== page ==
“The return procedure involves receiving the families at the airport, securing temporary residences for them, renting apartments and furnishing them, providing for their living expenses and giving them a national identity card, if they do not have them,” said Al-Suwailem, adding that Awasser constantly extends advice and counseling to the Saudi citizens traveling abroad, including warning them about being lured by marriage brokers and advising them to seek the help of the Saudi embassy officials before taking any step.

Al-Suwailem said there are immoral people who seek to take advantage of Saudis who travel abroad, receiving them at airports and convincing them to do things with, often with dire consequences, most often using young women to trap their victims.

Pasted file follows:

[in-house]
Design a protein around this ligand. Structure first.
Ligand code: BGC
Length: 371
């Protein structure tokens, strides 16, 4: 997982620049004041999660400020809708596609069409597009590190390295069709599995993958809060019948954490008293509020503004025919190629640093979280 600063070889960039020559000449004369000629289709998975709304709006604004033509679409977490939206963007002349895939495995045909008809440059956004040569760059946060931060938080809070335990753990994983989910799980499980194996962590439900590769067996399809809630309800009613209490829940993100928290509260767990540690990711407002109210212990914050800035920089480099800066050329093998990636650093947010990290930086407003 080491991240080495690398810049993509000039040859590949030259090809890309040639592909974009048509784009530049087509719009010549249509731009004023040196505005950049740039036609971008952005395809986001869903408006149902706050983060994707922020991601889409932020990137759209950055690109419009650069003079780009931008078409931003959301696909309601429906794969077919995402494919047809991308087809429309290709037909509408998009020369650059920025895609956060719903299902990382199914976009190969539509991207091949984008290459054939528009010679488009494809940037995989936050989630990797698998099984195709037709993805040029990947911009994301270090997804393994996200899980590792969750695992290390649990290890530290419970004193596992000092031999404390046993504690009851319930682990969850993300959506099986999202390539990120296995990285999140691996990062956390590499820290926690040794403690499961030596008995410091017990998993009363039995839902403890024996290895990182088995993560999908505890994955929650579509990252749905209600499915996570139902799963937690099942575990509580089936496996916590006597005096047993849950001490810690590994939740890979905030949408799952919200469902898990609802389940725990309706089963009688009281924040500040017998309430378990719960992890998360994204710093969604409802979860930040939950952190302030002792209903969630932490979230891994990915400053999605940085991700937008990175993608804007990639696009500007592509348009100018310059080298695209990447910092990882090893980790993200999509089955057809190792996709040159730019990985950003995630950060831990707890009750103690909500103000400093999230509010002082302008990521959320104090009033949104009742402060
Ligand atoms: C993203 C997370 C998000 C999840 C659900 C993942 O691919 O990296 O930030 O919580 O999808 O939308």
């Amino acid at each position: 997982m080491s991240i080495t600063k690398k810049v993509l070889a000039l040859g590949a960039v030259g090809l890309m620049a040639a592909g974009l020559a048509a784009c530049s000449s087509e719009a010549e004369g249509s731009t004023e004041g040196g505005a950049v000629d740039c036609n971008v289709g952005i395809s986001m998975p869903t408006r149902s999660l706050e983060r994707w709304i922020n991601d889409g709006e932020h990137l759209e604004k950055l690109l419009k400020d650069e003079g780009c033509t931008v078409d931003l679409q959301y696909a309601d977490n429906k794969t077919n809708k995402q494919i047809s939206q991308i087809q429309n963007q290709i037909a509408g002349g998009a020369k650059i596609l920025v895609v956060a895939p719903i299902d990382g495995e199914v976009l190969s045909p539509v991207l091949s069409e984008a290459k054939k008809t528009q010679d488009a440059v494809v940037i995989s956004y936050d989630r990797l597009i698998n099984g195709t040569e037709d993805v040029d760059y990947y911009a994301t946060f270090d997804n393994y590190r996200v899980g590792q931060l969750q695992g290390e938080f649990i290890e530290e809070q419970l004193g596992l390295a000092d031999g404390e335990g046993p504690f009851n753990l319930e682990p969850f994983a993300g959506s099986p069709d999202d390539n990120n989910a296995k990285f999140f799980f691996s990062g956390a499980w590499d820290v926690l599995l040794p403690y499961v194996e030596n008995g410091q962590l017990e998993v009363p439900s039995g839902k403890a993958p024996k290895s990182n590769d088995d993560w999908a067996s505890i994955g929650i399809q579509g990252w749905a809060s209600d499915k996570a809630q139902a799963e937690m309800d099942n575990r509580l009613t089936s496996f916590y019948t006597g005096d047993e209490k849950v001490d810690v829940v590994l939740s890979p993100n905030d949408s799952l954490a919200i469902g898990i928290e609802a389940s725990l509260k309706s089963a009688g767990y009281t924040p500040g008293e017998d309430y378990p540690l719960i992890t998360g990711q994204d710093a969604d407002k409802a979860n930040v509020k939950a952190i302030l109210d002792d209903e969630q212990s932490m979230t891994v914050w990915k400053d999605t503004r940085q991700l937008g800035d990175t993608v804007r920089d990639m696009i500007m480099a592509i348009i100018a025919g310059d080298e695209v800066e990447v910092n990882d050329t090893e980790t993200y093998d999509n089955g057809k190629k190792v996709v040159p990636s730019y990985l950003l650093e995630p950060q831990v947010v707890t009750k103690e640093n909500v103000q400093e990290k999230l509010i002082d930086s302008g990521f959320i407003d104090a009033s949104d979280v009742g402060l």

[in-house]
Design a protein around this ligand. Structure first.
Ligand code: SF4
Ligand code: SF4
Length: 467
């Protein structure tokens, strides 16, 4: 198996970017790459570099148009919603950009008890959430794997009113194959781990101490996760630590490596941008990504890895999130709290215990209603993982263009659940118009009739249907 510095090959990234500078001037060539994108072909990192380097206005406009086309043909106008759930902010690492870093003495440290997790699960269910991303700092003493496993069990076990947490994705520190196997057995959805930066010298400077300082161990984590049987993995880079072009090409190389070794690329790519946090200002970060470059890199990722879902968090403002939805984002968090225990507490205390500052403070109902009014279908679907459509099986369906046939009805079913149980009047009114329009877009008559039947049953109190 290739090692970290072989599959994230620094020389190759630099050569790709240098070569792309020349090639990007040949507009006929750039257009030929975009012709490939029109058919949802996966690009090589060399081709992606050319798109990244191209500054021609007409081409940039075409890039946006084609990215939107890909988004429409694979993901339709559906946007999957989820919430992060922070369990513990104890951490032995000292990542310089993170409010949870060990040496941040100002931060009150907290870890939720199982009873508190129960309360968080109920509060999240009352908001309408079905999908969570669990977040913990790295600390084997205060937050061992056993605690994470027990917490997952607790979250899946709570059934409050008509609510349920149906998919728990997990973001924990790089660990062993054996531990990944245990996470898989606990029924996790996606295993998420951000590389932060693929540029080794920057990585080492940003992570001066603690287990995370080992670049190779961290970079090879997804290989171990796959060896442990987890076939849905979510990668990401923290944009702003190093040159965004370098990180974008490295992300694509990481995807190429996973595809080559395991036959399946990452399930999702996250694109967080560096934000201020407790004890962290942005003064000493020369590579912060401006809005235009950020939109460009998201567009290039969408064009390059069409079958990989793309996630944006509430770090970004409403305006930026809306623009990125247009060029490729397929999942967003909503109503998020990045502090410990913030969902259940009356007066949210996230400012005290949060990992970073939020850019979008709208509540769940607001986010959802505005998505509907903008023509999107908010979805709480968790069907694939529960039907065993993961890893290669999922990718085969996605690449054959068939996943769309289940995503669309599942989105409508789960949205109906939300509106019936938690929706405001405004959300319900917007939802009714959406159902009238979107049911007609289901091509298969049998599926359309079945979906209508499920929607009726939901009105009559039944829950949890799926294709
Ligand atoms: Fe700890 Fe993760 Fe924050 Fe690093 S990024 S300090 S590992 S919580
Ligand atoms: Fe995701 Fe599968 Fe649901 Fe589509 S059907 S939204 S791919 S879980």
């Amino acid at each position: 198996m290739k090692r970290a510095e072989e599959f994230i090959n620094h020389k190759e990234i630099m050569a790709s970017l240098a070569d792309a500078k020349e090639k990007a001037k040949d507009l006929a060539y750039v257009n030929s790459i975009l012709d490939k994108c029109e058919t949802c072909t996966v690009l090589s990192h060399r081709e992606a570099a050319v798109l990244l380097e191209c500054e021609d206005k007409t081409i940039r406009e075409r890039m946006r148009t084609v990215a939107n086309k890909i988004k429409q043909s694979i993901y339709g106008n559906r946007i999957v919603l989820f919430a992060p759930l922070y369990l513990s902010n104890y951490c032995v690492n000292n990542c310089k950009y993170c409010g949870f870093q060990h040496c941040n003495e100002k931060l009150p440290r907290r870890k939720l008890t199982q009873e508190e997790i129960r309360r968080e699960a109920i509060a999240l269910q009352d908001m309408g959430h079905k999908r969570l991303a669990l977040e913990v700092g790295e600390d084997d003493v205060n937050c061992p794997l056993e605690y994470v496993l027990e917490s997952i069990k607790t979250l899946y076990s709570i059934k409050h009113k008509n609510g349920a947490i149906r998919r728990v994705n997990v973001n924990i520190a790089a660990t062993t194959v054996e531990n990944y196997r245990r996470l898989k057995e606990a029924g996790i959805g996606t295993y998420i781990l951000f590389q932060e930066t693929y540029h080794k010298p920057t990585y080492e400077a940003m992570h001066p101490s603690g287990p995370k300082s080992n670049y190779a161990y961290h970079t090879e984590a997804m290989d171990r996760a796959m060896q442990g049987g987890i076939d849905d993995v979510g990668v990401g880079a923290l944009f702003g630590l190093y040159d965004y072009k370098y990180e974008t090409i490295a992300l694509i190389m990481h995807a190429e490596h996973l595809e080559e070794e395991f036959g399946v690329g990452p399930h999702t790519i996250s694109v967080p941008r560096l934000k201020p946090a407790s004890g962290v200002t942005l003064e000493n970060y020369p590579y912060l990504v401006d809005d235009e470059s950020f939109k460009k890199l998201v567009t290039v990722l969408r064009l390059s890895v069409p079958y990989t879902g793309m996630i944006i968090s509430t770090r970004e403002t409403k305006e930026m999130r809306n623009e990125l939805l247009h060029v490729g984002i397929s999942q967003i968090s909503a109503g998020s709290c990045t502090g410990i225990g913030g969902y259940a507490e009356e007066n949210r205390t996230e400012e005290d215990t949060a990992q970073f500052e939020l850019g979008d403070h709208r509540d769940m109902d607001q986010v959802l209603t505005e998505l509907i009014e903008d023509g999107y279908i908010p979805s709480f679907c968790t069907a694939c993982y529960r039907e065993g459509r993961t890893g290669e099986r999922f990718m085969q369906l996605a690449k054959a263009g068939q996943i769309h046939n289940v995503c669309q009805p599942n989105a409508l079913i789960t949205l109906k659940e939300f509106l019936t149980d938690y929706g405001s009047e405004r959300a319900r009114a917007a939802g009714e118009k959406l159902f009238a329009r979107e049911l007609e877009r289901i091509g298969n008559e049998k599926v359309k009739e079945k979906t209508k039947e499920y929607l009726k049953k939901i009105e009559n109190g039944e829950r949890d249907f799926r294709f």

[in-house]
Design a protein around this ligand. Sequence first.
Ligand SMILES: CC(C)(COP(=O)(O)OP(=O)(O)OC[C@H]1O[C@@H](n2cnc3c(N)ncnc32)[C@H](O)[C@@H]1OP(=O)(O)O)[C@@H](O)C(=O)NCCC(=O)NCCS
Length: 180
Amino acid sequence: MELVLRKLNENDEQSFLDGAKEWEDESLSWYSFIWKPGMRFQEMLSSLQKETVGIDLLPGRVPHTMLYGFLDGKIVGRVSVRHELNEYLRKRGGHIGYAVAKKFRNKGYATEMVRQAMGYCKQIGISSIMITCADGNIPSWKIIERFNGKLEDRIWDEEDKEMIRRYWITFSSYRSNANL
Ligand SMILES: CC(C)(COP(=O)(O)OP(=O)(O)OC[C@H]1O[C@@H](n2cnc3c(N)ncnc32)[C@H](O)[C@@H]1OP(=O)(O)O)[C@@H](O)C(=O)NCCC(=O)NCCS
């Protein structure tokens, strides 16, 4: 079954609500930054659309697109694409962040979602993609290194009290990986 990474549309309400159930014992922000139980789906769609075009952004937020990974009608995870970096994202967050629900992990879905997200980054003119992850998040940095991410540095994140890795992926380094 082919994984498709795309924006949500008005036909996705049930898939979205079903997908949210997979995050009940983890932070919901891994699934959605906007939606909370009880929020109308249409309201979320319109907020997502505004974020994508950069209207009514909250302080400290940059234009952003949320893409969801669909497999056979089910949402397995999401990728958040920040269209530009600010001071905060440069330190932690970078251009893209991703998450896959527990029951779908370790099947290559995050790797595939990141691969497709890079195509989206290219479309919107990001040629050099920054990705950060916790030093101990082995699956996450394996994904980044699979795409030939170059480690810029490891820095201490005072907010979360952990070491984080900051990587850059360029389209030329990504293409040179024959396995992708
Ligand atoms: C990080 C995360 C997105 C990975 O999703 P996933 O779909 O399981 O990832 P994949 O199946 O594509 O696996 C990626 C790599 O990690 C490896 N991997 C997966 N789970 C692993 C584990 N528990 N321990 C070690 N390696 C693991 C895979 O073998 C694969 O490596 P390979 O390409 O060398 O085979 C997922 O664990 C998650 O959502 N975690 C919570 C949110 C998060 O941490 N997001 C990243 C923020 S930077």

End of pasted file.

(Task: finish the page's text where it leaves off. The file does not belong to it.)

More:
The Ministry of Labor and Social Development grants annual support to Awasser to carry out its work, said the chairman. Private sector institutions also provide aid.

In the course of its operations, the society comes at times across unusual cases, said Al-Suwailem.

“We witnessed a humanitarian issue that greatly affected us while we visited two families in one of the countries. A young man and a young woman had the same father and shared the same family name; having different mothers,and they had never met.

“In another case, a young man came to the society with his mother to invite us to his wedding and said he never knew his father. There are also situations where the father died without telling his family about his second marriage. Lawsuits are filed by the sons of the foreign mother, who claim their inheritance rights.”